By CCHR Intternational
The Mental Health Industry Watchdog
February 9, 2017
Carrie Fisher and Wendy Mileson survived shock treatment. Carrie revered it. Wendy didn’t. She underwent it the same year that Fisher made her film debut in Shampoo and two years before Star Wars made history. Before her tragic death on 27 December 2016, Carrie Fisher was recognized as a mental health advocate. So is Mileson, but she warns against the use of electric shock—up to 460 volts of electricity through the brain—and calls on the Food and Drug Administration (FDA) to ban it. She wants other women to do the same—concerned by recent statistics obtained by the mental health watchdog group, Citizens Commission on Human Rights (CCHR). These show that in several U.S. states, children aged five or younger have been given ECT and on average 63.5 percent of the targeted ECT population between 2013 and 2015 were women and nearly 15 percent overall were the elderly—65 years of age and older.
Mileson watched Fisher’s movies and like others, admires her iconic career and her Hollywood royalty. In fact, movies were cathartic during Mileson’s teen years which, unlike the shock “therapy” given her, had no side effects. Mileson was prescribed ECT for teenage angst. She doesn’t believe that losing your memory of both good and bad life events caused by the violence of the electricity sent searing through your brain is good for you. She reported her story to CCHR, which was used to help get laws that increased rights to refuse ECT, and wants others to do the same.
Jonathon Emord, a U.S. Constitutional attorney writing in The Washington Times has reviewed the evidence of damage caused by ECT and lack of clinical trials proving its efficacy and says: “Instead of bowing to industry and expanding use of this barbaric ‘treatment,’ FDA should ban ECT altogether,” he said.[1]
The FDA is currently determining whether to lower the risk category of the ECT device to make it more widely available, including to children. Yet the World Health Organization says: “There are no indications for the use of ECT on minors, and hence this should be prohibited through legislation.”[2]
Adds Mileson: “An anesthetic is supposed to render you unconsciousness to block the obvious pain of electricity surging through your body. Most people only remember the terrible emotional and memory blunting that follows ECT. But decades later, I can still vividly remember this assault. And that was at a time when so-called ‘new and improved’ ECT was touted as causing fewer adverse effects.”
Later, as an advocate for patient rights, Mileson researched dozens of other cases who were jolted out of a drugged coma by the force of the ECT and described the experience of this in court testimony as:

“Like someone trying to twist my head…I remember screaming out at one stage about the cruelty I was receiving….”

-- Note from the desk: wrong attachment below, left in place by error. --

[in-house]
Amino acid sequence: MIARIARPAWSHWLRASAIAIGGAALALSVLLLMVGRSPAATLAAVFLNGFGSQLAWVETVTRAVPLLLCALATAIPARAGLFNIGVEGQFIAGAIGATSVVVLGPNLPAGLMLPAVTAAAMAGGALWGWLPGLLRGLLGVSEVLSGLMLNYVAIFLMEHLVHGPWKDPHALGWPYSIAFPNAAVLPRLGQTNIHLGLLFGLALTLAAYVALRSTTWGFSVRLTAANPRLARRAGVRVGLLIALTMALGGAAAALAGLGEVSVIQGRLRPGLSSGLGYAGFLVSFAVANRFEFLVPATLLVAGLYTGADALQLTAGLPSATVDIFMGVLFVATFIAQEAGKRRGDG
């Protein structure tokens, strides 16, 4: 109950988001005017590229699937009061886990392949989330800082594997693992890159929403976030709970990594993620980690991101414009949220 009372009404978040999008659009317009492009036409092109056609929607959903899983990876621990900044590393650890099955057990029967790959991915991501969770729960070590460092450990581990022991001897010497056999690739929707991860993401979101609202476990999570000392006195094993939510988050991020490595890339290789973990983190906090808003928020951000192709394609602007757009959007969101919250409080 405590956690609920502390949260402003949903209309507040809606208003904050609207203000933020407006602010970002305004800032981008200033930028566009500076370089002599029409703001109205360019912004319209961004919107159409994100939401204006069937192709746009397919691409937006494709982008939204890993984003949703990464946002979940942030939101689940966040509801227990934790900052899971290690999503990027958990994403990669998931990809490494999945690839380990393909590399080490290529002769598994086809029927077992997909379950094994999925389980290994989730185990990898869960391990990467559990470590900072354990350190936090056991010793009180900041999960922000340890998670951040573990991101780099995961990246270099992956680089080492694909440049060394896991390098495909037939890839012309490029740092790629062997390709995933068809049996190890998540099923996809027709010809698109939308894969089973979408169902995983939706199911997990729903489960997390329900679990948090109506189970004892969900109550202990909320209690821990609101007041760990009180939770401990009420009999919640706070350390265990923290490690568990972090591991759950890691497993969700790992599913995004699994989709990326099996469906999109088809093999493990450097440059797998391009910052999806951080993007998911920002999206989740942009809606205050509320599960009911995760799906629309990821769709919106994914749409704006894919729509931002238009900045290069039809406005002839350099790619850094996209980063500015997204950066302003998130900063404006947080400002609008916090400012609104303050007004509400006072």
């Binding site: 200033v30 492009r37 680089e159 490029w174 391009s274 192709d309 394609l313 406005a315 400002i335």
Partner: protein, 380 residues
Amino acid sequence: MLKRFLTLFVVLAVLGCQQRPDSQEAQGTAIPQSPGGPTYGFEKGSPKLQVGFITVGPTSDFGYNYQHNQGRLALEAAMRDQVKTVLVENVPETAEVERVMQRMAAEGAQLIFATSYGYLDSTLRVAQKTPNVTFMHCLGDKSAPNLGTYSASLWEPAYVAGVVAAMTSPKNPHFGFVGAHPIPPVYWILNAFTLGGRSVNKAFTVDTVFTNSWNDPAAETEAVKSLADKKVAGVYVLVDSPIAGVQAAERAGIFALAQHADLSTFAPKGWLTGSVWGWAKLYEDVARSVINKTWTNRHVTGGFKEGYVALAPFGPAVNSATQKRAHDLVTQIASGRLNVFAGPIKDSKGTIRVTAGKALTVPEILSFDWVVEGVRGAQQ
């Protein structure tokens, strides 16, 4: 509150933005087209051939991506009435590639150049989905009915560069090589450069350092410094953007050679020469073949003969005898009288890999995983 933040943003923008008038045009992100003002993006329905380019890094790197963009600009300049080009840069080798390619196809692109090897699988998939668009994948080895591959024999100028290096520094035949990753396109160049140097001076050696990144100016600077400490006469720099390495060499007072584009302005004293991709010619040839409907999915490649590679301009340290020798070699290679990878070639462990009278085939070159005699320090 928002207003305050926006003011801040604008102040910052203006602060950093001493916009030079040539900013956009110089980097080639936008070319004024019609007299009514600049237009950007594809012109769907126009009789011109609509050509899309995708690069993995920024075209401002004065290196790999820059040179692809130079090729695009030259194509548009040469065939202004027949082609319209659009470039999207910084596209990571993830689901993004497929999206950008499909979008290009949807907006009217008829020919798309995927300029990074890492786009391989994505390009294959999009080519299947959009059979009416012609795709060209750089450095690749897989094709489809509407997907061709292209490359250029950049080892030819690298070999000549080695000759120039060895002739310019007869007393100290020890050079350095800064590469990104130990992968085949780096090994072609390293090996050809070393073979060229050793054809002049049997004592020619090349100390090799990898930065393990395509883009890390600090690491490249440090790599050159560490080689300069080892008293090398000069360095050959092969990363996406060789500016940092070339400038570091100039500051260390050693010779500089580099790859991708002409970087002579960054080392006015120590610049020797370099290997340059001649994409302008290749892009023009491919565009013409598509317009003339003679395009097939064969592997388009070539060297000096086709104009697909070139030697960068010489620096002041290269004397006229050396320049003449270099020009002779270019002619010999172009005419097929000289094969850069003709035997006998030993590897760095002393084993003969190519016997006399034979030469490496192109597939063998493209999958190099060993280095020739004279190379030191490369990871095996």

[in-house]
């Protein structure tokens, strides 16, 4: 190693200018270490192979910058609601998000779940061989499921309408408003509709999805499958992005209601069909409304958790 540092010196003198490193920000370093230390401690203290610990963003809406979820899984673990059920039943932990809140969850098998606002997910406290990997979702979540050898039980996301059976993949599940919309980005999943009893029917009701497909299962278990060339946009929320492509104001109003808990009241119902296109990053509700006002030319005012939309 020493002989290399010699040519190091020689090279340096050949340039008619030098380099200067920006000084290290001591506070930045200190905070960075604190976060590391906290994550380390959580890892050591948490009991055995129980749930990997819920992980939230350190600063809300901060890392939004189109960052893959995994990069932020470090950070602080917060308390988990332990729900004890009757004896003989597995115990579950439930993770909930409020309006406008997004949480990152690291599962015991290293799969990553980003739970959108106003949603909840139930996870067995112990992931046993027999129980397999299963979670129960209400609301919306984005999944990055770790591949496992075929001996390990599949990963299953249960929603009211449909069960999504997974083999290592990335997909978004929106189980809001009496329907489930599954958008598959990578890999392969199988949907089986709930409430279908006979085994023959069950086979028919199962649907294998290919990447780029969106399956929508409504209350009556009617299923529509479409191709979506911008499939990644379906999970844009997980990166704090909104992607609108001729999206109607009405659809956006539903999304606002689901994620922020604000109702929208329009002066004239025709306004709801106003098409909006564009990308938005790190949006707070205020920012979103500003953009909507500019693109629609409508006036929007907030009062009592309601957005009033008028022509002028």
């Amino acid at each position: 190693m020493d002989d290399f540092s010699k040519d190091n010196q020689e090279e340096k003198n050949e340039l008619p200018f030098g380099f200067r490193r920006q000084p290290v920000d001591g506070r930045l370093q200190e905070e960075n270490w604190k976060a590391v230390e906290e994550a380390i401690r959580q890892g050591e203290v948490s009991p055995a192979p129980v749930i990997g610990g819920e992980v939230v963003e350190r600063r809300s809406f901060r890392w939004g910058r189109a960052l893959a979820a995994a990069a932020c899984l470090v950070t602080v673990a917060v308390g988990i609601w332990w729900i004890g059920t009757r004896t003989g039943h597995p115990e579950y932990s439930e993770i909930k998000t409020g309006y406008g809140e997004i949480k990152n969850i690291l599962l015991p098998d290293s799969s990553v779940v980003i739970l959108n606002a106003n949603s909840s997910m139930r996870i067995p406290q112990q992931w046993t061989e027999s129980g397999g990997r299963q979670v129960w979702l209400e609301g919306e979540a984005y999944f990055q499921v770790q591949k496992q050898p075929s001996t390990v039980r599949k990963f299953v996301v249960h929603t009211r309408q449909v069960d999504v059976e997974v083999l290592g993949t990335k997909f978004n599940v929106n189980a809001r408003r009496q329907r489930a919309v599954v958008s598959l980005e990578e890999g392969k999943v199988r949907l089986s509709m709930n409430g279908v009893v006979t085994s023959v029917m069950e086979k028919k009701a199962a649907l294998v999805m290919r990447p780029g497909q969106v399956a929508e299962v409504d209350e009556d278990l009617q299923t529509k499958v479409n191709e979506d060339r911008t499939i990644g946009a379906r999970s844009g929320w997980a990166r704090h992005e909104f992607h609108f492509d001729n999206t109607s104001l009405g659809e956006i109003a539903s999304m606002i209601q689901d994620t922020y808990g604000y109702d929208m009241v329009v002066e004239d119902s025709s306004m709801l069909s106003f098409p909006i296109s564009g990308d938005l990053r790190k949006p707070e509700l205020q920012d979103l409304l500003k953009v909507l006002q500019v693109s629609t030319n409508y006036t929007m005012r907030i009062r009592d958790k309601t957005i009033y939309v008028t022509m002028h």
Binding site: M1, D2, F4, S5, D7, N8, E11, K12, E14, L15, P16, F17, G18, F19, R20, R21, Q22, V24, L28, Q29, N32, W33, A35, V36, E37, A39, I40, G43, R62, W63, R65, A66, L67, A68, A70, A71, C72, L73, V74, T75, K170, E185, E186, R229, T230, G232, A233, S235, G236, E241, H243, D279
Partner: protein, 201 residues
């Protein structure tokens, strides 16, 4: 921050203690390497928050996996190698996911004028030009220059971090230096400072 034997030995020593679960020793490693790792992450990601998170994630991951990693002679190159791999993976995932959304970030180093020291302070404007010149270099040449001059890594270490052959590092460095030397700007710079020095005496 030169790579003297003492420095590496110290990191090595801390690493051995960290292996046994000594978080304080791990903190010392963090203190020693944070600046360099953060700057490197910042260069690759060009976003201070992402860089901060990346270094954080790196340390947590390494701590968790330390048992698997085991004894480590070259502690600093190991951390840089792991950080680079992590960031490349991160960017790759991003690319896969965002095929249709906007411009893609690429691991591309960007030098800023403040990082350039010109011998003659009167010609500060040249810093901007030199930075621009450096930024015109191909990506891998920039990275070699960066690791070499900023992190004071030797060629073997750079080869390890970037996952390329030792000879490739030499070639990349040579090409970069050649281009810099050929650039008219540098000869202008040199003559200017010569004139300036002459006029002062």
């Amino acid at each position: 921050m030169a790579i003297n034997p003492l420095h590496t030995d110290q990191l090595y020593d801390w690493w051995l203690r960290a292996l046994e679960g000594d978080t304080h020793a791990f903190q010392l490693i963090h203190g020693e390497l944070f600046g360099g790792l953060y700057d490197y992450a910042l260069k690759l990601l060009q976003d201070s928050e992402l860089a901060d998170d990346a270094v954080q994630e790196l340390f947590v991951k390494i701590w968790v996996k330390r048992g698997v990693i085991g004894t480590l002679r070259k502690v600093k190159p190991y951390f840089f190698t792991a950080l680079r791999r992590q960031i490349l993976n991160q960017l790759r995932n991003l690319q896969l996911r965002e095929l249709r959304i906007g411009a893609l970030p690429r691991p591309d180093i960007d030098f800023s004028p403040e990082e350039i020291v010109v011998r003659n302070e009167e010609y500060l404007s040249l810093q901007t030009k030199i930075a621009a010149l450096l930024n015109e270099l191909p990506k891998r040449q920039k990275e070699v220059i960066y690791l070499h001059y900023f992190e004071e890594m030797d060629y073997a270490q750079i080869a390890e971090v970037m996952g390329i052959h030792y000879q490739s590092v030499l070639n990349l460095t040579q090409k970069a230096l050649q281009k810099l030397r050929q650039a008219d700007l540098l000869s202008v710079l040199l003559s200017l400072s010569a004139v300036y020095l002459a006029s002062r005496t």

“…[I]t felt like all the telegraph wires came down on the top of my head and a big blue flash all around me.”

“The feeling was one of pain from the top of your head to the tip of your toes…. It was like someone hit you with a sledgehammer, wham, and you exploded. It was so bad that [I] thought, ‘These bastards are trying to kill me.’”

Not one week had passed after Fisher’s death before articles posted online and in media used her death to advocate for ECT without discussing the damage that millions have experienced from it. This is an issue of informed consent rights and having only Fisher’s side of the ECT story was an injustice, Mileson says. Consider other celebrity views:

Nobel Prize-winning author Ernest Hemingway was incarcerated in a psychiatric institution and given 20 electroshocks, subsequently committing suicide. He stated: “What these shock doctors don’t know is about writers…what is the sense of ruining my head and erasing my memory, which is my capital, and putting me out of business? It was a brilliant cure but we lost the patient….”[3]

Psychiatrists gave Lou Reed, rock icon from The Velvet Underground, ECT trying to “cure” his homosexual tendencies in the 1970s. This is documented in his song “Kill Your Sons”: “All your two-bit psychiatrists are giving you electroshock. They said they’d let you live at home with mom and dad, instead of mental hospitals. But every time you tried to read a book, you couldn’t get to page seventeen, ‘cos you forgot where you were, so you couldn’t even read.”[4] His short term memory was permanently damaged.[5]

Fleetwood Mac founder and guitar great, Peter Green, was institutionalized following extensive LSD use and given ECT.[6] He said the long-term effects of psychiatric drugs and electroconvulsive therapy “made my head feel like a coconut and wiped out my memory.” He spent about 10 years dozing, asleep, or eating too much—all things, he said, were side effects of the treatment.[7]

Fisher’s death certificate lists her cause of death as “cardiac arrest.”[8] Unexplained is whether or not the years of electroshock and psychotropic drugs that can cause physical damage may have had an influence on this. That would have been helpful to know, Mileson says, especially when so many women aged 60 and older and the elderly are at risk of receiving it.
Mileson asserts, “Personally, I think electroshock should go the same way as The Torture Rack. Prohibit it. Even the United Nations Committee on Torture defines ECT without consent as torture. There should be no laws that can force this on any individual. And the FDA should not even be considering reducing its risk category.”
She urges anyone who has suffered damage from receiving ECT to report this to CCHR, as she did. You can submit a report to CCHR here.
To find out more about CCHR, click here.
[3] Leonard Roy Frank, The History of Shock Treatment (1978), p. 70.
Source: CCHR INT feed